Inspired by Atomic’s snowboards of the late 1980s, it seemed only logical to Huber to use the floatability of snowboards as the basis for a better powder ski. Known by his nickname ‘Killy’ - earned in tribute to the great French ski racer Jean Claude Killy – Huber simply bandsawed a snowboard in half, turned its steel edges inward, and the fat ski was born.
It was a ski meant for deep powder and big mountains and there was no better theater to test the limits of this new design than the vast rugged terrain of CMH’s tenures across the interior of British Columbia. It was, as Humphrey Bogart put it, “the beginning of a beautiful friendship”.
The next iteration from Atomic would be the Powder Cruise, fashioned to offer a gentler transition for the average skier than the water ski-like Powder Plus. But it was with the creation of the Heli Daddy in 2006, built specifically for CMH’s Heli-Skiing needs, that would truly give flight to the relationship. “It was a game changer,” recalls Anderson, “we were able to have a one-ski quiver. It worked for 95% of our skiers if they were on the right length. It made our life easy. It was a no-brainer ski for us.”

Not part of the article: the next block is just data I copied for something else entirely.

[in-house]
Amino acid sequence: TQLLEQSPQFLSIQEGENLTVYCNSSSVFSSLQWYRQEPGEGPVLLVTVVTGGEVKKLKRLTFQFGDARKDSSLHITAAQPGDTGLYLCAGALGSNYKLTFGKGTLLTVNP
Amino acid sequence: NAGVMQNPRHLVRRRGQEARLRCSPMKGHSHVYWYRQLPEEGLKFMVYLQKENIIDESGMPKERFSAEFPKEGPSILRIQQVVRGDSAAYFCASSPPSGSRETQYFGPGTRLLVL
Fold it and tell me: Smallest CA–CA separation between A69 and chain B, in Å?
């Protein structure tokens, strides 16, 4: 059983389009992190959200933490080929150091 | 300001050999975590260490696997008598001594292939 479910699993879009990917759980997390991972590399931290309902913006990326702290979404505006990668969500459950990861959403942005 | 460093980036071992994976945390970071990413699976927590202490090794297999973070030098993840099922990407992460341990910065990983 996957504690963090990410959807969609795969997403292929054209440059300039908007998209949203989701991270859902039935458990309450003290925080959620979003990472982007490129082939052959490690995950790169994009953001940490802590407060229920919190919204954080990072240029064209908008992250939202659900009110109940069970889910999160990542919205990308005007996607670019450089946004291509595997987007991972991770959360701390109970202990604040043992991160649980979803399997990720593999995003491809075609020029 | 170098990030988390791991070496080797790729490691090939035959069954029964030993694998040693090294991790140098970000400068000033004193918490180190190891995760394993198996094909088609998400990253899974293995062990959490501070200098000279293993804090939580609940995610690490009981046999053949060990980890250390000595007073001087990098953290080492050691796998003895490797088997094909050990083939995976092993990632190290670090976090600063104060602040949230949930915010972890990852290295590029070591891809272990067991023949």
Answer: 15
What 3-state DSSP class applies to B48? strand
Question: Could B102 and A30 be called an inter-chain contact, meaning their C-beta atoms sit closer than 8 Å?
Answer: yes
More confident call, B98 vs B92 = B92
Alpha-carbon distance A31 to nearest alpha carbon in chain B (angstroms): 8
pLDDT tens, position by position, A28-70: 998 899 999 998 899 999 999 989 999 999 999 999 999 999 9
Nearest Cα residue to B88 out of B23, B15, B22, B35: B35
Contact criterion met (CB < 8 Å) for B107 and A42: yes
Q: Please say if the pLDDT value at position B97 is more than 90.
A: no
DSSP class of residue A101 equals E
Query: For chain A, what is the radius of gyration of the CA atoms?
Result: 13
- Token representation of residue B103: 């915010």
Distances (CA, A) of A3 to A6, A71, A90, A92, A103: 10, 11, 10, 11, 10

So what makes a great heli ski? According to Anderson it’s one that’s maneuverable, can initiate turns easily, and comes in a variety of size platforms for the different snow depths experienced over the course of a winter. These principles govern Atomic and CMH’s alliance, an association that has created some of the world’s greatest powder skis.
“In 2009 we went to Austria on their invitation to collaborate,” says Andy of their ambition to create the next great post-Heli Daddy ski. “We sat down with Killy, a few of their ski engineers and a blank piece of paper. ‘What do you guys want?’, they asked us. They gave us carte blanche to imagine a ski that would work even better for our guests.” That teaming lead to the creation of the Atomic Heli Pro, a high performance powder ski whose development would trickle over into Atomic’s Access Line of skis.